FOR IMMEDIATE RELEASE
August 22, 2016
FOR IMMEDIATE RELEASE—August 22, 2016 (Santa Fe, NM): The New Mexico History Museum will bring together historians, anthropologists, art historians, musicians and genealogists for a free symposium to explore the history of Sephardic Jews, conversos, and crypto-Jews’ 600-year process of identity transformation. Coinciding with the ongoing exhibition Fractured Faiths: Spanish Judaism, The Inquisition, and New World Identities at the New Mexico History Museum, this Symposium delves deeper into Spanish Judaism from the Golden Age of Spain to Mexico and New Mexico. The symposium will be held at the New Mexico History Museum on September 9th from 8:30am to 4pm and September 10th from 9am to 4pm.
In the 10th and 11th centuries, Spain flowered into a golden age, as Muslim, Jewish and Catholic peoples achieved new heights in science, philosophy and the arts. Four centuries later, the vaunted triculturalism had deteriorated into dissent, segregation and riots forcing Jews to either leave the country or convert to Catholicism.
For the first time, a major institution tells the comprehensive story of how Spain’s Jewry found a tenuous foothold in North America. Despite continued persecution, its people persisted—sometimes as upright Catholic conversos, sometimes as self-identifying "crypto-Jews." Emblems of that struggle for cultural identity appear even today: A Star of David carved into a tombstone in a Catholic cemetery; oral histories of tangled roots; Hispanic villages where genetic clusters speak to Jewish lineage
Fractured Faiths reunites Spanish artifacts with their New World counterparts for the first time to reveal the history of the Spanish Sephardim—the stalwarts, the converts and the hidden Jews—and their long heritage within the Americas. A global story that played out on New Mexico soil, this monumental exhibit details one of history’s most compelling chronicles of human tenacity and the power of cultural identity.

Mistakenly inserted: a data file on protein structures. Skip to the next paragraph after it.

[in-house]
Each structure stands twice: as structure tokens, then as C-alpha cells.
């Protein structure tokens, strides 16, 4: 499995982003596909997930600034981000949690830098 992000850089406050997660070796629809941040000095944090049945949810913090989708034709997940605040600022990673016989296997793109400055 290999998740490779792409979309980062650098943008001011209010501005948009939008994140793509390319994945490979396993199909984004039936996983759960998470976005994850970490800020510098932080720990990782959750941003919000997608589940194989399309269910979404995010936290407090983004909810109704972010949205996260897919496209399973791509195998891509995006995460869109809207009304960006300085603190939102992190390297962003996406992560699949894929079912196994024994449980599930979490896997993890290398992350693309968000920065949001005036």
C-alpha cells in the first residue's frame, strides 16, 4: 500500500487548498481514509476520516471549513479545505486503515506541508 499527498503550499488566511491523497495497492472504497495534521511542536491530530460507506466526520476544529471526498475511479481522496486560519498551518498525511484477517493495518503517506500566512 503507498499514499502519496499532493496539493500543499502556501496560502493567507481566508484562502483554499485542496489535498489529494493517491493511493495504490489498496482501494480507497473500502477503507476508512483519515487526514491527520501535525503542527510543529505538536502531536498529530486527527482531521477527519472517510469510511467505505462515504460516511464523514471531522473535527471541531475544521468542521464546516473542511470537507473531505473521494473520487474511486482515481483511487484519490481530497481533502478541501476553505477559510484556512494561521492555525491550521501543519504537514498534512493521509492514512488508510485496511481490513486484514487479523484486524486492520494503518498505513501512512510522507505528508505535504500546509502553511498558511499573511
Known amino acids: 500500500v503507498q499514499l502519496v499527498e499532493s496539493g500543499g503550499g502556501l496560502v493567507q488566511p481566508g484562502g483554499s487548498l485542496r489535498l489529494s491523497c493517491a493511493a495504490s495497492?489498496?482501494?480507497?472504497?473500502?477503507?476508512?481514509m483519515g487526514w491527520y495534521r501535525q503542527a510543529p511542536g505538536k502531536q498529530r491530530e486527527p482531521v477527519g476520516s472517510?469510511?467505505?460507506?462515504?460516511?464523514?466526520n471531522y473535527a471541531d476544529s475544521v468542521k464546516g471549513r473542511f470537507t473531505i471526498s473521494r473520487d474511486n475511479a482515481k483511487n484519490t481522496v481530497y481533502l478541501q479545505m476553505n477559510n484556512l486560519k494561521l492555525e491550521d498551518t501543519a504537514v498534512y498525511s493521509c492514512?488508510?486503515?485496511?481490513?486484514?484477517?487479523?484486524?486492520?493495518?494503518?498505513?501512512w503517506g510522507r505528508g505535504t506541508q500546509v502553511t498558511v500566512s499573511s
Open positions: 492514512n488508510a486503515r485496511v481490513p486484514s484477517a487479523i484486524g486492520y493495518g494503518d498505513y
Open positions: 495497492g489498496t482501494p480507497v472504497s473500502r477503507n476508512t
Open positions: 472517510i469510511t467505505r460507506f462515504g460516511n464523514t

The first day of the symposium on Friday, September 9th at 8:30am will kick off with a discussion by David Graizbord of the Arizona Center for Judaic Studies at the University of Arizona with his talk Iberian Identity Crises and Their Reverberations: 1391 and Beyond. Gretchen Starr-LeBeau of Principia College in Illinois will lead a talk on Violence, Revitalization, Expulsion: Jewish Life in Late-Medieval Iberia. John F. Chuchiak IV of Missouri State University in Springfield, Missouri will lead a discussion on Water and Fire: The Inquisition in New Spain and the Prosecution and Persecution of Accused Judaizers, 1570-1821. Emmanuel Ortega of University of Nevada in Las Vegas, Nevada will discuss The Reception of Autos-de-Fe in 18th-Century San Bartolome Otzolotepec: the Contextual Graphics of a Hegemonic Spectacle. Paul Duncan, a Medical Oncologist from the Hematology Oncology Associates of New Mexico will lead a discussion on A Genetic Link: Identifying a Sephardic Fingerprint.
On the second day of the symposium on Saturday, September 10th starting at 9am, Independent scholar José Esquibel will lead a talk entitled Out from the Shadow of Suspicion: The Identity of Juan de Oñate’s Jewish-Converso Lineage. Frances Levine of the Missouri History Museum in St. Louis Missouri will discuss Doña Teresa’s World: An Intimate View into the Palace. Ron Duncan Hart, a Research Associate at the Latin American & Iberian Institute at the University of New Mexico, will discuss The Twentieth Century Movement of Reclaiming Jewish Identity. Ofer Ben-Amots from Colorado College in Colorado Springs, Colorado and Debra Ayers a Recitalist from Santa Fe, New Mexico will lead a lecture and recital on Ladino (Judeo-Spanish language) Romanceros, Kantas, and Coplas.
What: Fractured Faiths: Spanish Judaism, the Inquisition and New World Identities Symposium
When: Friday, September 9, 2016, 8:30am-4pm and Saturday, September 10, 2016 9am-4pm
Where: New Mexico History Museum Auditorium, 113 Lincoln Avenue
Phone number for publication: 505-476-5082
The ongoing exhibition Fractured Faiths runs through December 31, 2016 at the New Mexico History Museum on 113 Lincoln Avenue in downtown Santa Fe.
The New Mexico History Museum, 113 Lincoln Avenue, in Santa Fe, New Mexico, is part of a campus that includes the Palace of the Governors, a National Treasure and the oldest continuously occupied public building in the United States; the Fray Angélico Chávez History Library; the Palace of the Governors Photo Archives; the Press at the Palace of the Governors; and the Native American Artisans Program. A division of the Department of Cultural Affairs, its exhibitions and programs are supported by the Museum of New Mexico Foundation.